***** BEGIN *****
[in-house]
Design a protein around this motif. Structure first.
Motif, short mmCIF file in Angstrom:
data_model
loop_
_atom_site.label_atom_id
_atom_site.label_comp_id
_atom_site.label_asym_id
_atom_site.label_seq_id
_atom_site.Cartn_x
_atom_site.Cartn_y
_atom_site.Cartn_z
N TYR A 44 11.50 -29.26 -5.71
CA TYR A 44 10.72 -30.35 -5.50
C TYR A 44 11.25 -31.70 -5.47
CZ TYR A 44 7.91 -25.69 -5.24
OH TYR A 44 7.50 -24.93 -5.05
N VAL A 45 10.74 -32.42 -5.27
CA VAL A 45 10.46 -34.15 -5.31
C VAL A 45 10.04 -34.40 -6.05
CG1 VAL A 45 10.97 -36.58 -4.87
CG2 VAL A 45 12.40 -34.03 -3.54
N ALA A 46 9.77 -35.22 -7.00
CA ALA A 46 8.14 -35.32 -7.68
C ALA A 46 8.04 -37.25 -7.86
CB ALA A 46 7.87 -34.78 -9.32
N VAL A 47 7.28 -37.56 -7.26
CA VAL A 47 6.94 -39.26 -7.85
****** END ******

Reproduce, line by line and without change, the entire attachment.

[in-house]
Design a protein around this motif. Structure first.
Motif, short mmCIF file in Angstrom:
data_model
loop_
_atom_site.label_atom_id
_atom_site.label_comp_id
_atom_site.label_asym_id
_atom_site.label_seq_id
_atom_site.Cartn_x
_atom_site.Cartn_y
_atom_site.Cartn_z
N TYR A 44 11.50 -29.26 -5.71
CA TYR A 44 10.72 -30.35 -5.50
C TYR A 44 11.25 -31.70 -5.47
CZ TYR A 44 7.91 -25.69 -5.24
OH TYR A 44 7.50 -24.93 -5.05
N VAL A 45 10.74 -32.42 -5.27
CA VAL A 45 10.46 -34.15 -5.31
C VAL A 45 10.04 -34.40 -6.05
CG1 VAL A 45 10.97 -36.58 -4.87
CG2 VAL A 45 12.40 -34.03 -3.54
N ALA A 46 9.77 -35.22 -7.00
CA ALA A 46 8.14 -35.32 -7.68
C ALA A 46 8.04 -37.25 -7.86
CB ALA A 46 7.87 -34.78 -9.32
N VAL A 47 7.28 -37.56 -7.26
CA VAL A 47 6.94 -39.26 -7.85